Summer’s here, which means you’ll make any excuse to fire up the grill. The following foods are just 11 more reasons to feed your obsession. Why relegate yourself to meat and the occasional vegetable all season long? Instead, embrace the unordinary and get the most of the your outdoor grill.
Unusual Foods You Can Grill This Summer
Pound cake is light and airy – prefect for summer – but could use a little edge. Place each serving slice of pound cake on the grill and let it cook until it reveals char lines, on both or just one side. Serve with grilled sliced peaches and some vegan whipped cream!
If it can hold its own on the heat, then grill that fruit! Slice fruit so that it reveals a flat cross section and then grill it sliced side down on the grill. Once charred, flip it and grill lightly on the other side. For smaller fruits, like strawberries, apricots, and others that may fall through the grid, place them on or wrap them in aluminum foil before grilling or skewer them.
I know I’ve dedicated a section for fruits, but watermelon deserves its own shout out. When grilled, it takes on almost a savoy flavor that gives it a unique depth. Pair it with Greek yogurt, honey, and a fresh herb of choice.
4. Grilled Cheese
Sure it’s called “grilled” cheese, but most of us make grilled cheese on the stove top or with a Panini maker. To properly grill grilled cheese, place your bread of choice on the grill, add a layer of cheese, and then top it off with another piece of bread. Use your spatula to press down on the sandwich. Flip and press the sandwich again.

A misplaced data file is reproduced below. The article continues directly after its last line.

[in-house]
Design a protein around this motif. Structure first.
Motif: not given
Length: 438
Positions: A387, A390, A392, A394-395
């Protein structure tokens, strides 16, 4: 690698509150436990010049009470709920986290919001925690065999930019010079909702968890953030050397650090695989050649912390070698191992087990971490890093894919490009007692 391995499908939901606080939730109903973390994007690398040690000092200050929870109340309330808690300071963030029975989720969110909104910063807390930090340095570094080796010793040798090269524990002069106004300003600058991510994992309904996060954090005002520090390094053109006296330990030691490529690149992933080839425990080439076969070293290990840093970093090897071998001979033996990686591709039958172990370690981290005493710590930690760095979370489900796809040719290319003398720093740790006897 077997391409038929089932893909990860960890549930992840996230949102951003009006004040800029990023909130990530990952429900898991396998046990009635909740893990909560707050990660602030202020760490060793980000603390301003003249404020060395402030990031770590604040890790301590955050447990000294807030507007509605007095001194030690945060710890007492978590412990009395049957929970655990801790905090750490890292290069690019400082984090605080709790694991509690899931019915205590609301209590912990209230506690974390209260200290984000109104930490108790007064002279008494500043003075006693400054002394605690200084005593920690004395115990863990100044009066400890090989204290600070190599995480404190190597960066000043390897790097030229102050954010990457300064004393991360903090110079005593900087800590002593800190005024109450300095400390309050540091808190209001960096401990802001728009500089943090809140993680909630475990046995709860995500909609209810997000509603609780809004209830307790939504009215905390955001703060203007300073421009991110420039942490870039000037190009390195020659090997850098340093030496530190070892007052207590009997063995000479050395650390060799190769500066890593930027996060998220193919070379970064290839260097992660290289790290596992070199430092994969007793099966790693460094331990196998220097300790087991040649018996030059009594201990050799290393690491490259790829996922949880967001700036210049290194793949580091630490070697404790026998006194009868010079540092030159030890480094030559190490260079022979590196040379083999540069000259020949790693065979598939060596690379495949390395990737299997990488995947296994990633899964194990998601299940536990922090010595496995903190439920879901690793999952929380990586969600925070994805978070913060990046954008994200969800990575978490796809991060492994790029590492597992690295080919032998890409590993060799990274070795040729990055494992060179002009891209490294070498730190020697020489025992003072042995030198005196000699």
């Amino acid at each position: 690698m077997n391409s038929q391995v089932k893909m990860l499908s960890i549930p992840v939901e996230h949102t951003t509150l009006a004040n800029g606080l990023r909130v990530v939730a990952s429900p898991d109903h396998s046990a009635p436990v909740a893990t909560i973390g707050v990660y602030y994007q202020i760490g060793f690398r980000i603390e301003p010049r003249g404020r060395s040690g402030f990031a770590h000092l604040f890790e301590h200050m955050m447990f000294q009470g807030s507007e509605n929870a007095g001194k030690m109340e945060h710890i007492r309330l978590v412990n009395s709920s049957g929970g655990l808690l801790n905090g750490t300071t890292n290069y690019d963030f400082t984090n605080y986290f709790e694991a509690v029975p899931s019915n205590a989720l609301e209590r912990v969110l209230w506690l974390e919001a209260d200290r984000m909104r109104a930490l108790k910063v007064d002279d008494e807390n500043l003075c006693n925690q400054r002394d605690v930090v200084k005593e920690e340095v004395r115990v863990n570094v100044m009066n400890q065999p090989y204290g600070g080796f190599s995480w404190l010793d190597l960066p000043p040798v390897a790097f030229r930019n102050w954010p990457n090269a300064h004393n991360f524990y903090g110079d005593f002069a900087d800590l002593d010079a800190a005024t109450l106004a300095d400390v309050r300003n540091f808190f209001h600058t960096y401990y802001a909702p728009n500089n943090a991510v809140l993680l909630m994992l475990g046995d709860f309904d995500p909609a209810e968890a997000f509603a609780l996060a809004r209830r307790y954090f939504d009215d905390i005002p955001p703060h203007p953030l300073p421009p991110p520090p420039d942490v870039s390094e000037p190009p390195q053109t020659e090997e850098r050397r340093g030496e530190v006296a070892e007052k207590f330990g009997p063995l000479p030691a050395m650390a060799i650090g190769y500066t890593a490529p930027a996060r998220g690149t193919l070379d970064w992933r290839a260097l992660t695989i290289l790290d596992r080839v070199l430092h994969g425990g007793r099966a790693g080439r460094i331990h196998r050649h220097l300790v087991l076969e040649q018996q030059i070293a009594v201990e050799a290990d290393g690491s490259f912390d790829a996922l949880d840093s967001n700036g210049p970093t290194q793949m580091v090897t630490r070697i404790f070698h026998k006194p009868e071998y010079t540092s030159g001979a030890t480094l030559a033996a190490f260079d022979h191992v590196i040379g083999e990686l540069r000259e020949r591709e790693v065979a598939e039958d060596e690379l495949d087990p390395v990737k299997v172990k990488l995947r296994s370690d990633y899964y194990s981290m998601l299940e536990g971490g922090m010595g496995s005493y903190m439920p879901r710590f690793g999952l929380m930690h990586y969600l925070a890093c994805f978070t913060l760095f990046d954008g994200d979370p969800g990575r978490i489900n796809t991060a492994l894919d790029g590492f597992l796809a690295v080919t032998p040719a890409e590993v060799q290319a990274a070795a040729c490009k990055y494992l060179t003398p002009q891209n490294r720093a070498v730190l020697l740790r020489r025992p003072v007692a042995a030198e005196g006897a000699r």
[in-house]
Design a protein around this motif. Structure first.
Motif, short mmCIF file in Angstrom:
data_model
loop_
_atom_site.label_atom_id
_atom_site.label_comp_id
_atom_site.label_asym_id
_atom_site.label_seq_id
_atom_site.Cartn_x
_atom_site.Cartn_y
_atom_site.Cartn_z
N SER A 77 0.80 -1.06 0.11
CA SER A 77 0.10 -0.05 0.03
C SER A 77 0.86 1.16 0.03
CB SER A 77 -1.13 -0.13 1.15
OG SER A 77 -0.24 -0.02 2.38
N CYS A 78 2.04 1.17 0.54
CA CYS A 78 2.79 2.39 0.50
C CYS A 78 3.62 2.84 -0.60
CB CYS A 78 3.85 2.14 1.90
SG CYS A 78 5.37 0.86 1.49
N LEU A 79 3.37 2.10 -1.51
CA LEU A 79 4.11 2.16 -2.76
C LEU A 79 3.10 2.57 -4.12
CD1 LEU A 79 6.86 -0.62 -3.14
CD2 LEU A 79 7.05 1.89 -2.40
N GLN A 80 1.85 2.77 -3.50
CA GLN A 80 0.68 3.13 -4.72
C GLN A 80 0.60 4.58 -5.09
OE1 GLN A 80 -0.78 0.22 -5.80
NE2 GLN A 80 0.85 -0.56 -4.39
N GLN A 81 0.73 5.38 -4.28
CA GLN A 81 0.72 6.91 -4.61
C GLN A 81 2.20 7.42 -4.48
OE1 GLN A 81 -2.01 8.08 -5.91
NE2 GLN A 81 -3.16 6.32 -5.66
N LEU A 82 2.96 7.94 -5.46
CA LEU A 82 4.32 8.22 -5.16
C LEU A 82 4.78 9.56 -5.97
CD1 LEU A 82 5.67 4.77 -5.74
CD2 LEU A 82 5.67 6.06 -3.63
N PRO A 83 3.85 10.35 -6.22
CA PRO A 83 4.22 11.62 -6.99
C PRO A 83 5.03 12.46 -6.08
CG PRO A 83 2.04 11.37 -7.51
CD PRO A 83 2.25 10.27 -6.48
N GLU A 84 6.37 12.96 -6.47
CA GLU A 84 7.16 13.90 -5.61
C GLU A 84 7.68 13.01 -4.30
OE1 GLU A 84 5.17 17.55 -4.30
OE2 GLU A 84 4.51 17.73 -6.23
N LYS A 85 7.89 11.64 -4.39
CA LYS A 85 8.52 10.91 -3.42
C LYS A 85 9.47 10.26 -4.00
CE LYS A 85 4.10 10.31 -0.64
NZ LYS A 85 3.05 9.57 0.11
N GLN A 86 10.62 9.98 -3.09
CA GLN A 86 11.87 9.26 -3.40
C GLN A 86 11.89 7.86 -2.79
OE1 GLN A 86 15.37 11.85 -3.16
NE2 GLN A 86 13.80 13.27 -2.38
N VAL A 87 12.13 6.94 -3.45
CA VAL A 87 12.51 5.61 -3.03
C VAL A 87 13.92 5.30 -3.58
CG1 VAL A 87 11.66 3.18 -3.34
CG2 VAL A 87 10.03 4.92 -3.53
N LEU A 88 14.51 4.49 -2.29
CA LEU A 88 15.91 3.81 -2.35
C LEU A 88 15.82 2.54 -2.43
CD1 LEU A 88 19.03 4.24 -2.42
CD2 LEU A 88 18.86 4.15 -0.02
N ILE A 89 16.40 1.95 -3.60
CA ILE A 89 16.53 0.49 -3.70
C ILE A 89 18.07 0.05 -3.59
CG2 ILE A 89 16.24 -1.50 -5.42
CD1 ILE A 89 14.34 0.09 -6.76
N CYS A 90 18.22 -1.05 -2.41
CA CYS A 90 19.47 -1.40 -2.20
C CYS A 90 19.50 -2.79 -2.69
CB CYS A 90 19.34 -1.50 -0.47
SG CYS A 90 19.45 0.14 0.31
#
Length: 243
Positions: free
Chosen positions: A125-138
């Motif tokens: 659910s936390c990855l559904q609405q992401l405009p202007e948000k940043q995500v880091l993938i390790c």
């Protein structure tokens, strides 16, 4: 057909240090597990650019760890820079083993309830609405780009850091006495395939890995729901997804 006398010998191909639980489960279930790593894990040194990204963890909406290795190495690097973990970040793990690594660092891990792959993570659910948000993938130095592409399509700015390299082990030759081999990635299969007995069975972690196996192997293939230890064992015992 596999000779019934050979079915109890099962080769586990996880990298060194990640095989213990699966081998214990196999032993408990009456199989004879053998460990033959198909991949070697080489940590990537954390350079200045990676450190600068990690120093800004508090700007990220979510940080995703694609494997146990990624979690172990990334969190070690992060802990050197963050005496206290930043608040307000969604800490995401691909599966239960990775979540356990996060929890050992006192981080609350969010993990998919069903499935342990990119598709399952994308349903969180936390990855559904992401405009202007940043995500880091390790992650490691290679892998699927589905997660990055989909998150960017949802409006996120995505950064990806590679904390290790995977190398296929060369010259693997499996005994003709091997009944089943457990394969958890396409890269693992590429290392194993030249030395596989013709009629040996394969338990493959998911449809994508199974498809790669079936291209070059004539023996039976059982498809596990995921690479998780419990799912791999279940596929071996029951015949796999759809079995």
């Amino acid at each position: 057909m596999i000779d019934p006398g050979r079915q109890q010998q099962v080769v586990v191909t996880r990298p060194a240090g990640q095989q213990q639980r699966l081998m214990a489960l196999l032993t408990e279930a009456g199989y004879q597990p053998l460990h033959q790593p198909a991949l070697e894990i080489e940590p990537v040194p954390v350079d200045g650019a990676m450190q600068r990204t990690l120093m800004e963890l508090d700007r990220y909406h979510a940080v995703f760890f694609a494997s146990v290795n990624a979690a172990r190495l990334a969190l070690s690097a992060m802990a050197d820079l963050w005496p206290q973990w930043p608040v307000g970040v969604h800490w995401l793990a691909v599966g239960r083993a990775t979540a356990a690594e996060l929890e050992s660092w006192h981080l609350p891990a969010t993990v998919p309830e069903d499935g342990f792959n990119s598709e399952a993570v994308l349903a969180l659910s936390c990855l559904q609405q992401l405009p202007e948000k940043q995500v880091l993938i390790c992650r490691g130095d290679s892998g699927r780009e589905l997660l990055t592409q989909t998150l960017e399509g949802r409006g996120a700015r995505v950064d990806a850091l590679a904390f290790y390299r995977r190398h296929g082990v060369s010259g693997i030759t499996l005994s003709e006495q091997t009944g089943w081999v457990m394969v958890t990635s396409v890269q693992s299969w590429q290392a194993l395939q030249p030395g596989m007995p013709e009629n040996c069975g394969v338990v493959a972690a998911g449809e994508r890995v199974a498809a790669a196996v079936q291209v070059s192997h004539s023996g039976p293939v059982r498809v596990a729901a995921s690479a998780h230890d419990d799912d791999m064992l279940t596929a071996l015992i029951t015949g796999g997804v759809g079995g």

And don’t just stop at cheese as the add-in. Replace it with a layer of something else, such as hummus, coleslaw, mashed avocado, or a bar of chocolate.
Artichokes are often baked or steamed, but they fare quite well on the grill and result in a smoky, tender finish. Enjoy with lemon zest, a drizzle of olive oil, and a dash of salt and pepper. To grill artichokes, first steam whole for about 20-30 minutes. Then, slice open lengthwise, cover both sides with olive oil, salt and pepper. Grill with closed lid on cut side for about 10 minutes. Flip and grill on leaf side another 5-10 minutes.
6. Dark Leafy Greens
Grill your salad? Yep. Grill dark leafy greens that are tougher in texture (think: collard greens, broccoli rabe, and kale). Grilling breaks down the toughness of these green and makes them easier to chew and digest. Meanwhile, they bear a lightly smoky flavor that you can compliment with all sorts of other cooling add-ins, such as fresh citrus, a dollop of yogurt, or fresh herbs.
Grilled corn on the cob isn’t so unusual, but using grilled corn in alternate ways most certainly is. Used grilled corn in cornbread, corn and bean salsa, salad, and seafood packets.
Before you blend up a salsa using raw ingredients, try grilling them first. Grill the tomatoes, the onions, the peppers, and the garlic for an increased depth of flavor and dare I say, more deliciousness?
Slice an avocado in half, remove the pit, and grill each half face-side down. Eat the avocado as is with a spoon, stuff it with other vegetables, or chop it into a salad.
Create a small flat, round tray with aluminum foil that is slightly curved up around the edges. Spray the aluminum foil with vegetable oil, crack open an egg into the aluminum foil tray, and cook for a couple of minutes, or until the egg is cooked to your liking.
Who needs a campfire to make S’mores? Layer your S’more on the grill and cook until the chocolate is melted and the marshmallow is soft and gooey.